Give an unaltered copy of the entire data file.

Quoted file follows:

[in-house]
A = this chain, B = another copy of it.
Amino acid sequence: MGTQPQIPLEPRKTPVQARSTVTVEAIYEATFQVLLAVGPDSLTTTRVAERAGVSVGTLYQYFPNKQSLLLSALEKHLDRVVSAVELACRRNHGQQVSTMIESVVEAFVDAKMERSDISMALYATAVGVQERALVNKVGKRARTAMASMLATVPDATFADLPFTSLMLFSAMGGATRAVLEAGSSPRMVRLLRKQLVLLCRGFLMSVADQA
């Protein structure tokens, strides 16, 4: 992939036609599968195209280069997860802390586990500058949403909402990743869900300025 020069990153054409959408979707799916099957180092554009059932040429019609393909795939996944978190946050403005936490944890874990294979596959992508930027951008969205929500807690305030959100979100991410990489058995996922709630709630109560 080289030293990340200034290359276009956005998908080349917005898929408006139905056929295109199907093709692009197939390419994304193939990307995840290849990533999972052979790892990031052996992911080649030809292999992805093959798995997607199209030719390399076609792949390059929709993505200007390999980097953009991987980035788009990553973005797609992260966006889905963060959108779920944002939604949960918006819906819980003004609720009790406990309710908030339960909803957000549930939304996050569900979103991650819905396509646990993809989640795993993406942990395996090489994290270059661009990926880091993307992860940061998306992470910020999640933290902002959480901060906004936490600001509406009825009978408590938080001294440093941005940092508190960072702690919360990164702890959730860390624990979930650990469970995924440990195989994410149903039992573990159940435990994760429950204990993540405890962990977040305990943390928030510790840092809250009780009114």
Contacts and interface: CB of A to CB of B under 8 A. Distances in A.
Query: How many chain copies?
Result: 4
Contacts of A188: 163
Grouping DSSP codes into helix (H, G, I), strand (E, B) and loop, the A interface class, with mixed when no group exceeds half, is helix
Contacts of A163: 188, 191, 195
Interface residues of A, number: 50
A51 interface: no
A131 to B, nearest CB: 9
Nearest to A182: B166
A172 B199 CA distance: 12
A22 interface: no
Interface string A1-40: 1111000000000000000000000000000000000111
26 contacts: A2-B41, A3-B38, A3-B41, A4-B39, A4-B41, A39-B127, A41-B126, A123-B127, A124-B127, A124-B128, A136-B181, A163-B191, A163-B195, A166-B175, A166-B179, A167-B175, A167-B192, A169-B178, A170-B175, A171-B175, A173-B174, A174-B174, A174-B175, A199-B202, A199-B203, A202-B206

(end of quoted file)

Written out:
[in-house]
A = this chain, B = another copy of it.
Amino acid sequence: MGTQPQIPLEPRKTPVQARSTVTVEAIYEATFQVLLAVGPDSLTTTRVAERAGVSVGTLYQYFPNKQSLLLSALEKHLDRVVSAVELACRRNHGQQVSTMIESVVEAFVDAKMERSDISMALYATAVGVQERALVNKVGKRARTAMASMLATVPDATFADLPFTSLMLFSAMGGATRAVLEAGSSPRMVRLLRKQLVLLCRGFLMSVADQA
């Protein structure tokens, strides 16, 4: 992939036609599968195209280069997860802390586990500058949403909402990743869900300025 020069990153054409959408979707799916099957180092554009059932040429019609393909795939996944978190946050403005936490944890874990294979596959992508930027951008969205929500807690305030959100979100991410990489058995996922709630709630109560 080289030293990340200034290359276009956005998908080349917005898929408006139905056929295109199907093709692009197939390419994304193939990307995840290849990533999972052979790892990031052996992911080649030809292999992805093959798995997607199209030719390399076609792949390059929709993505200007390999980097953009991987980035788009990553973005797609992260966006889905963060959108779920944002939604949960918006819906819980003004609720009790406990309710908030339960909803957000549930939304996050569900979103991650819905396509646990993809989640795993993406942990395996090489994290270059661009990926880091993307992860940061998306992470910020999640933290902002959480901060906004936490600001509406009825009978408590938080001294440093941005940092508190960072702690919360990164702890959730860390624990979930650990469970995924440990195989994410149903039992573990159940435990994760429950204990993540405890962990977040305990943390928030510790840092809250009780009114």
Contacts and interface: CB of A to CB of B under 8 A. Distances in A.
Query: How many chain copies?
Result: 4
Contacts of A188: 163
Grouping DSSP codes into helix (H, G, I), strand (E, B) and loop, the A interface class, with mixed when no group exceeds half, is helix
Contacts of A163: 188, 191, 195
Interface residues of A, number: 50
A51 interface: no
A131 to B, nearest CB: 9
Nearest to A182: B166
A172 B199 CA distance: 12
A22 interface: no
Interface string A1-40: 1111000000000000000000000000000000000111
26 contacts: A2-B41, A3-B38, A3-B41, A4-B39, A4-B41, A39-B127, A41-B126, A123-B127, A124-B127, A124-B128, A136-B181, A163-B191, A163-B195, A166-B175, A166-B179, A167-B175, A167-B192, A169-B178, A170-B175, A171-B175, A173-B174, A174-B174, A174-B175, A199-B202, A199-B203, A202-B206